I’d like to start by sharing my own personal story, one that has consumed much of my time outside of work over the last two years.

It all started when my wife and I decided to buy a house. As most of you with house hunting experience know, it is a long and drawn out process with lots of anxiety and unknowns until you find what you’re looking for.

Well, the problem was the perfect house was not attainable for us. It was either too expensive or didn’t check enough of our boxes.

We ultimately found a house we saw a future in, but first this required a great deal of work; two years, ago we set out on this journey of change.

Since closing, my wife and I have spent most weekends updating the property to fit our dream. It has not been an easy road. In fact, it has been filled with lots of arguments over design decisions, backaches and our kids living in dirt and debris.

Sometimes, I take a step back and am amazed at what we have accomplished in getting to our dream home. We had lots of challenges and many moments where we lost our inspiration in seeing the vision materializing.

However, through all of it — countless hours of YouTube watching, talking to my father (a retired contractor) and experimenting with designs — we did not give up. We stepped outside of our comfort zone, temporarily stretching ourselves really thin.

Essentially, we learned comfort and growth do not co-exist.

Many of you also have similar experiences where you are tested, where you push yourself and in the end come out having gained something more — whether it be knowledge, new exciting opportunities or simply having made an impact in a meaningful way to your community.

Put another way, growth does not exist without discomfort. We are in a period in time where change happens constantly. There is innovation happening each and every day at an alarming pace, thus rapidly shifting the environment.

There is opportunity in our market to not only embrace change, but to disrupt ourselves, our way of thinking and our approach to solving challenges. When we step outside our norm and embrace the pressure from the unknown, when we truly feel discomfort, that’s when we can be sure we are growing.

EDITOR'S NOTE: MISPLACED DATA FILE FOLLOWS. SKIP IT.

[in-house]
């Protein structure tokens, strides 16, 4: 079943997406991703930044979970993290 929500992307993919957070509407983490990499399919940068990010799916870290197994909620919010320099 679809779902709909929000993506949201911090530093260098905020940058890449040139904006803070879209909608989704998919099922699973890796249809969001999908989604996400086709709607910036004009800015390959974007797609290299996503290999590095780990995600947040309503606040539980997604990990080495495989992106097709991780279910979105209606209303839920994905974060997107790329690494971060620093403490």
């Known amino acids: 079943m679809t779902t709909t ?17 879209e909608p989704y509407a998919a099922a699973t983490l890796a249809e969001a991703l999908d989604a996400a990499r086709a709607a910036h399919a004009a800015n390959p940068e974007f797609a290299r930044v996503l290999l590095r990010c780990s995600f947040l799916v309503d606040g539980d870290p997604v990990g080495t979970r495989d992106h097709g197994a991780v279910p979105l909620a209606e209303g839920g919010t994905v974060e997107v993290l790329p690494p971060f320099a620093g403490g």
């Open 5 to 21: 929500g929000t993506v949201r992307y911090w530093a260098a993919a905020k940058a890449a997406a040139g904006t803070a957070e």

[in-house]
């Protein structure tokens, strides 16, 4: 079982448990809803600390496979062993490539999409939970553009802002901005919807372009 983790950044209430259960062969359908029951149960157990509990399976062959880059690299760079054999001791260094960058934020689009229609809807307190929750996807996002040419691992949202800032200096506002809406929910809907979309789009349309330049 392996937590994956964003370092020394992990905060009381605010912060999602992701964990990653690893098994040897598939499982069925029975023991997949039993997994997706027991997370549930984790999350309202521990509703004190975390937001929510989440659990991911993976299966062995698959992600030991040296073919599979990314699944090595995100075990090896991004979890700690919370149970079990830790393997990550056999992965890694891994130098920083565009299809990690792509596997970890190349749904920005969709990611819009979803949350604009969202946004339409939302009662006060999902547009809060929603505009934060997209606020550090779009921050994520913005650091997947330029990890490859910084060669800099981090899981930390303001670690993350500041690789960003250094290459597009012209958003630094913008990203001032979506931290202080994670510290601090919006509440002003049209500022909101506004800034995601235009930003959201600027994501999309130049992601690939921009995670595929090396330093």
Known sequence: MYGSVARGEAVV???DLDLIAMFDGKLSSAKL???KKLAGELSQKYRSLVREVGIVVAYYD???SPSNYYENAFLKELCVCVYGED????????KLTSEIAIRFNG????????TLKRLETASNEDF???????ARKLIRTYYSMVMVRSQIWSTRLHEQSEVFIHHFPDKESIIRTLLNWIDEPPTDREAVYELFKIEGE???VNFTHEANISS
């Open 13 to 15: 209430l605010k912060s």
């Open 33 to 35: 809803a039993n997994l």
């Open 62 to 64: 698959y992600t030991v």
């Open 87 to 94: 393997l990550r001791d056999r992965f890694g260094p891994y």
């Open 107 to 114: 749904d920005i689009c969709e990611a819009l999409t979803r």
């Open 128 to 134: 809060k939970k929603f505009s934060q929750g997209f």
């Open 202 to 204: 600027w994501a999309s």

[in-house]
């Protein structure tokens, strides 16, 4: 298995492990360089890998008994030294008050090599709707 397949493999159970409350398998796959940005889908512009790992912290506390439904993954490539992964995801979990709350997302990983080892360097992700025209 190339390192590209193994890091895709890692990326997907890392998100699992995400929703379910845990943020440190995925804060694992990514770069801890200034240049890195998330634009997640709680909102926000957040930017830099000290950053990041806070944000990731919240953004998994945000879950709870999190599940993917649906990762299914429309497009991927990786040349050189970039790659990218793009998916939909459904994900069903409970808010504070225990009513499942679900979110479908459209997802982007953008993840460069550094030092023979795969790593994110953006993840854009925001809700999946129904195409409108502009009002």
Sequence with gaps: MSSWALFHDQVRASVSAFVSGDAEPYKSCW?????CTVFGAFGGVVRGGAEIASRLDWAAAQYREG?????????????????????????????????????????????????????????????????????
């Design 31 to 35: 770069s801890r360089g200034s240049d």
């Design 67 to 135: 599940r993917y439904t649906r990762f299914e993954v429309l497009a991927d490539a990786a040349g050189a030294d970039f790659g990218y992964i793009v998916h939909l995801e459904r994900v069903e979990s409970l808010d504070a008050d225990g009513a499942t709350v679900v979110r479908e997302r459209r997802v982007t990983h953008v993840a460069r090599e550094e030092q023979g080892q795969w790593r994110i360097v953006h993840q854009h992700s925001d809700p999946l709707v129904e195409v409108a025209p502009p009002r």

Look at this fish jumping from the smaller bowl to the bigger one. What do you think her thoughts were before she made the jump? I’m sure she was nervous. “Will I make it, what if I don’t?” She was very uncomfortable not knowing what would happen next. However, she made the leap anyway and got rewarded with a new friend and a bigger bowl.

I encourage you to think about opportunities within your association and in your market in general. What is happening around you that makes you nervous? Perhaps it’s competitors that threaten to pull away members, or maybe it’s new ways of accessing content outside what your organization currently offers.

Remember that what is making you anxious is also your source of opportunity.

Get uncomfortable, experiment and stretch yourself, because comfort and growth don’t co-exist.

Houman joined Aptify in 2012, bringing with him over 12 years of software delivery and program management experience. He is the Vice President of Aptify’s Global Services and Client Success. Previous to joining Aptify, Houman was a senior manager at Accenture, responsible for systems integration programs in government, non-profit, financial, telecommunication and energy industries. In addition to his delivery responsibilities to ensure client success, he promotes Aptify’s strong culture, champions consistent global delivery processes and contributes to hiring and retaining people. He earned his bachelor’s degree from the University of Maryland with a dual major in Information Systems and Finance. He also earned his Master’s Degree in Business Technologies from George Washington University and is a Certified Project Management Professional (PMP).

Houman joined Aptify in 2012, bringing with him over 12 years of software delivery and program management experience. He is the Vice President of Aptify’s Global Services and Client Success. Previous to joining Aptify, Houman was a senior manager at Accenture, responsible for systems integration programs in government, non-profit, financial, telecommunication and energy industries. In addition to his delivery responsibilities to ensure client success, he promotes Aptify’s strong culture, champions consistent global delivery processes and contributes to hiring and retaining people. He earned his bachelor’s degree from the University of Maryland with a dual major in Information Systems and Finance. He also earned his Master’s Degree in Business Technologies from George Washington University and is a Certified Project Management Professional (PMP).

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